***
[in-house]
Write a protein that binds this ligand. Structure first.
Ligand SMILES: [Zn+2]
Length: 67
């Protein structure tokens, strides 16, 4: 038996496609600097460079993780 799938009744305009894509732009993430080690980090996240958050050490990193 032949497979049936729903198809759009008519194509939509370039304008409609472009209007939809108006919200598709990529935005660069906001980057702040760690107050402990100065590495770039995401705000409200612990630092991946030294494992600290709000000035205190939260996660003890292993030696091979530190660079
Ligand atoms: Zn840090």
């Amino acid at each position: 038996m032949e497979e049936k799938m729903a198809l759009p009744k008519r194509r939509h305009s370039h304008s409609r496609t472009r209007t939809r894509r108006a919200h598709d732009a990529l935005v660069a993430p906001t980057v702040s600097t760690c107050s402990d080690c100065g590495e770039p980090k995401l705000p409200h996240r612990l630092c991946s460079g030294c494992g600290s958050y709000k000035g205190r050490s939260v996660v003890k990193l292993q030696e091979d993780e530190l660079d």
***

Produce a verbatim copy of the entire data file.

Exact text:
[in-house]
Write a protein that binds this ligand. Structure first.
Ligand SMILES: [Zn+2]
Length: 67
């Protein structure tokens, strides 16, 4: 038996496609600097460079993780 799938009744305009894509732009993430080690980090996240958050050490990193 032949497979049936729903198809759009008519194509939509370039304008409609472009209007939809108006919200598709990529935005660069906001980057702040760690107050402990100065590495770039995401705000409200612990630092991946030294494992600290709000000035205190939260996660003890292993030696091979530190660079
Ligand atoms: Zn840090």
């Amino acid at each position: 038996m032949e497979e049936k799938m729903a198809l759009p009744k008519r194509r939509h305009s370039h304008s409609r496609t472009r209007t939809r894509r108006a919200h598709d732009a990529l935005v660069a993430p906001t980057v702040s600097t760690c107050s402990d080690c100065g590495e770039p980090k995401l705000p409200h996240r612990l630092c991946s460079g030294c494992g600290s958050y709000k000035g205190r050490s939260v996660v003890k990193l292993q030696e091979d993780e530190l660079d």